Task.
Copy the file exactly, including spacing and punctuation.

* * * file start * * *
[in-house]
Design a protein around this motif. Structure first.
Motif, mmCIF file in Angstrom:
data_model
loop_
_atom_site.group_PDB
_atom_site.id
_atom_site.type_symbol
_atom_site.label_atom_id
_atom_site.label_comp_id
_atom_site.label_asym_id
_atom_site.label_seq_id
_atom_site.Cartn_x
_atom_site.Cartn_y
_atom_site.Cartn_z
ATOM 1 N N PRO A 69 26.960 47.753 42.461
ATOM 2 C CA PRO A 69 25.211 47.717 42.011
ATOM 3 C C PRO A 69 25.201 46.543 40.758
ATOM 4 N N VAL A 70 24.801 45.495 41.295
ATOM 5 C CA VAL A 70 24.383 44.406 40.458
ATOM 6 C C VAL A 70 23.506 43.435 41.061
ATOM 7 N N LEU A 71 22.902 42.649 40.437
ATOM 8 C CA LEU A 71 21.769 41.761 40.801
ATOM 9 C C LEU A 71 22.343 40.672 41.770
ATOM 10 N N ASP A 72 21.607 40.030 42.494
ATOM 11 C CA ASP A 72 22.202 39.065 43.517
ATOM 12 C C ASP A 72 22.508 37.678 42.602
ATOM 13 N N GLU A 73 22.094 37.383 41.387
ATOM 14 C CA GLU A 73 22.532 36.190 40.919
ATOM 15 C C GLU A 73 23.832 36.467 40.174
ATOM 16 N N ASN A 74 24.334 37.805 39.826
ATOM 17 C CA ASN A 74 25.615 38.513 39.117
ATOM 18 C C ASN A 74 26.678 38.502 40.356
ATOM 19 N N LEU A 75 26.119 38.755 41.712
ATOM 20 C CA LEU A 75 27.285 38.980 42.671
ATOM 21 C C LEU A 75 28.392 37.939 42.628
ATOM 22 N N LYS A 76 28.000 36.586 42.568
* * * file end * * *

[in-house]
Design a protein around this motif. Structure first.
Motif, mmCIF file in Angstrom:
data_model
loop_
_atom_site.group_PDB
_atom_site.id
_atom_site.type_symbol
_atom_site.label_atom_id
_atom_site.label_comp_id
_atom_site.label_asym_id
_atom_site.label_seq_id
_atom_site.Cartn_x
_atom_site.Cartn_y
_atom_site.Cartn_z
ATOM 1 N N PRO A 69 26.960 47.753 42.461
ATOM 2 C CA PRO A 69 25.211 47.717 42.011
ATOM 3 C C PRO A 69 25.201 46.543 40.758
ATOM 4 N N VAL A 70 24.801 45.495 41.295
ATOM 5 C CA VAL A 70 24.383 44.406 40.458
ATOM 6 C C VAL A 70 23.506 43.435 41.061
ATOM 7 N N LEU A 71 22.902 42.649 40.437
ATOM 8 C CA LEU A 71 21.769 41.761 40.801
ATOM 9 C C LEU A 71 22.343 40.672 41.770
ATOM 10 N N ASP A 72 21.607 40.030 42.494
ATOM 11 C CA ASP A 72 22.202 39.065 43.517
ATOM 12 C C ASP A 72 22.508 37.678 42.602
ATOM 13 N N GLU A 73 22.094 37.383 41.387
ATOM 14 C CA GLU A 73 22.532 36.190 40.919
ATOM 15 C C GLU A 73 23.832 36.467 40.174
ATOM 16 N N ASN A 74 24.334 37.805 39.826
ATOM 17 C CA ASN A 74 25.615 38.513 39.117
ATOM 18 C C ASN A 74 26.678 38.502 40.356
ATOM 19 N N LEU A 75 26.119 38.755 41.712
ATOM 20 C CA LEU A 75 27.285 38.980 42.671
ATOM 21 C C LEU A 75 28.392 37.939 42.628
ATOM 22 N N LYS A 76 28.000 36.586 42.568